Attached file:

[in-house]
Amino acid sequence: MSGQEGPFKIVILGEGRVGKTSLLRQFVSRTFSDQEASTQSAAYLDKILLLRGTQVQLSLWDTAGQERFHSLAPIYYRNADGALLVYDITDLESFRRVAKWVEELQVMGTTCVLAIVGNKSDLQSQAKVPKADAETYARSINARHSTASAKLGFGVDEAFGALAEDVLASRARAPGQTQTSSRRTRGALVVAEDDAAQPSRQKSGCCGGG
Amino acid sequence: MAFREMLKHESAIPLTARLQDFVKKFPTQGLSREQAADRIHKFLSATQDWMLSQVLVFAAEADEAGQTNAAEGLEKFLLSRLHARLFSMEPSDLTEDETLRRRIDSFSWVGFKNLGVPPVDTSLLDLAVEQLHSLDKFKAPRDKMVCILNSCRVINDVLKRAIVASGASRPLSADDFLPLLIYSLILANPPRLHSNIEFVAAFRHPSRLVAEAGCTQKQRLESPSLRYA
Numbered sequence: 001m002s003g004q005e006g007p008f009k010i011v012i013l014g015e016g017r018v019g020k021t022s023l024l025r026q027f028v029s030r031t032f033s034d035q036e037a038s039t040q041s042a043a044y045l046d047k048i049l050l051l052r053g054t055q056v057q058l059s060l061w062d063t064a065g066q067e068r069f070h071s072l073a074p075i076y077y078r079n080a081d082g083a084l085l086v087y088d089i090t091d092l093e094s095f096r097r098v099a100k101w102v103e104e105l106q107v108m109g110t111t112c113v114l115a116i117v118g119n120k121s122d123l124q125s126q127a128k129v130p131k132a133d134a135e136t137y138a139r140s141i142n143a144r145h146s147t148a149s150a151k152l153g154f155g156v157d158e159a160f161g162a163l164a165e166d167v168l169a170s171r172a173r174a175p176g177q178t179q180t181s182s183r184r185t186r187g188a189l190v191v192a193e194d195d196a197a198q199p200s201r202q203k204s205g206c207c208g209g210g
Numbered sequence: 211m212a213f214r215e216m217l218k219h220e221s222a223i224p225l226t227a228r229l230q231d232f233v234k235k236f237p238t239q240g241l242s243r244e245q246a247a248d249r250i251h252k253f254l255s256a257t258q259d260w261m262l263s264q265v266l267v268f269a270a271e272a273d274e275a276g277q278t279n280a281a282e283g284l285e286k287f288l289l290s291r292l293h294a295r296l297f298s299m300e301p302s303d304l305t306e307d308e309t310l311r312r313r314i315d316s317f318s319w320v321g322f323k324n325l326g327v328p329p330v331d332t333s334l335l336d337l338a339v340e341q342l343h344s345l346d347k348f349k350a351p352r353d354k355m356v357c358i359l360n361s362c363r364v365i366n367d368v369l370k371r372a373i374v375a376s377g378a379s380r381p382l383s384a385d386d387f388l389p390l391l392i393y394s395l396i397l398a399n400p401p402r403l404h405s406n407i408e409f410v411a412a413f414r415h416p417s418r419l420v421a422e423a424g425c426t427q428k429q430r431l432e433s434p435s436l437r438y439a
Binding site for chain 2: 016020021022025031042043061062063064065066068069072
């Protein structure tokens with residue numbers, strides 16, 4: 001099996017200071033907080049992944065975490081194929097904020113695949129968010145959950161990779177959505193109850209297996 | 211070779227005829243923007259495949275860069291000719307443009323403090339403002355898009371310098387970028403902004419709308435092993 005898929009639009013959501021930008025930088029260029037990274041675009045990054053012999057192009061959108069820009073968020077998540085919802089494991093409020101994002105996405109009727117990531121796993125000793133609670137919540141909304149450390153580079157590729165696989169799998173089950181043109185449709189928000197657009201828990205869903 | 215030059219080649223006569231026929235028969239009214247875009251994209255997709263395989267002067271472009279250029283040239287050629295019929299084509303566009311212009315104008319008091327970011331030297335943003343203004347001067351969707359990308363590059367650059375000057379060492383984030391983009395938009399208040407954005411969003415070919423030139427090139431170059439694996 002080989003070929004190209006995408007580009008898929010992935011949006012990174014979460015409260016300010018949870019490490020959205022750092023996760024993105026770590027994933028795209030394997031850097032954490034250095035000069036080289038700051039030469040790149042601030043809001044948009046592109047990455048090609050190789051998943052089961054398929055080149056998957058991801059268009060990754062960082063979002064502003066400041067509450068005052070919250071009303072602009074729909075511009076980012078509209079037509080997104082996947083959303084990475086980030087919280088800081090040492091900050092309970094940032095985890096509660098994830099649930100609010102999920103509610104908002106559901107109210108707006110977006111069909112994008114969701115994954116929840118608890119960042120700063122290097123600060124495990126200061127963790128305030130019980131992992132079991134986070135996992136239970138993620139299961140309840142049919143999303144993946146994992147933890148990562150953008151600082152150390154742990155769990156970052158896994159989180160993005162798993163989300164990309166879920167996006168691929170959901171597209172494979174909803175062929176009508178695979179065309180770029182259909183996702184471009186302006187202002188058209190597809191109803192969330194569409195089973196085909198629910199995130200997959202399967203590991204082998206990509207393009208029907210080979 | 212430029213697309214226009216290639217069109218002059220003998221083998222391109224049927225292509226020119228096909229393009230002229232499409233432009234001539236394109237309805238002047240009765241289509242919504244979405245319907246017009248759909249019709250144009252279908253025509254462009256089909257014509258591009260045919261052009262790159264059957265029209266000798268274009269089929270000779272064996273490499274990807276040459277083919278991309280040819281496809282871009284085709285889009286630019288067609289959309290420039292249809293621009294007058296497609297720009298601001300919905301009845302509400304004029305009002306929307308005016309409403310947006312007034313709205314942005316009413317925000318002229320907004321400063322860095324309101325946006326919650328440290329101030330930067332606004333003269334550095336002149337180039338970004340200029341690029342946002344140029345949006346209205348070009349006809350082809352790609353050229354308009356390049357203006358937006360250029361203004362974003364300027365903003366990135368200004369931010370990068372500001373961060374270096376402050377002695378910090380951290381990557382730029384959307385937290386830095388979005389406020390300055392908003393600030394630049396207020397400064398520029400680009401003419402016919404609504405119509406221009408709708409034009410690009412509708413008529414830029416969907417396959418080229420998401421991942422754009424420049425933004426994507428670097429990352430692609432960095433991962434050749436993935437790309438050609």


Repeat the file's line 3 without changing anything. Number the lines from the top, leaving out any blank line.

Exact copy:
Amino acid sequence: MAFREMLKHESAIPLTARLQDFVKKFPTQGLSREQAADRIHKFLSATQDWMLSQVLVFAAEADEAGQTNAAEGLEKFLLSRLHARLFSMEPSDLTEDETLRRRIDSFSWVGFKNLGVPPVDTSLLDLAVEQLHSLDKFKAPRDKMVCILNSCRVINDVLKRAIVASGASRPLSADDFLPLLIYSLILANPPRLHSNIEFVAAFRHPSRLVAEAGCTQKQRLESPSLRYA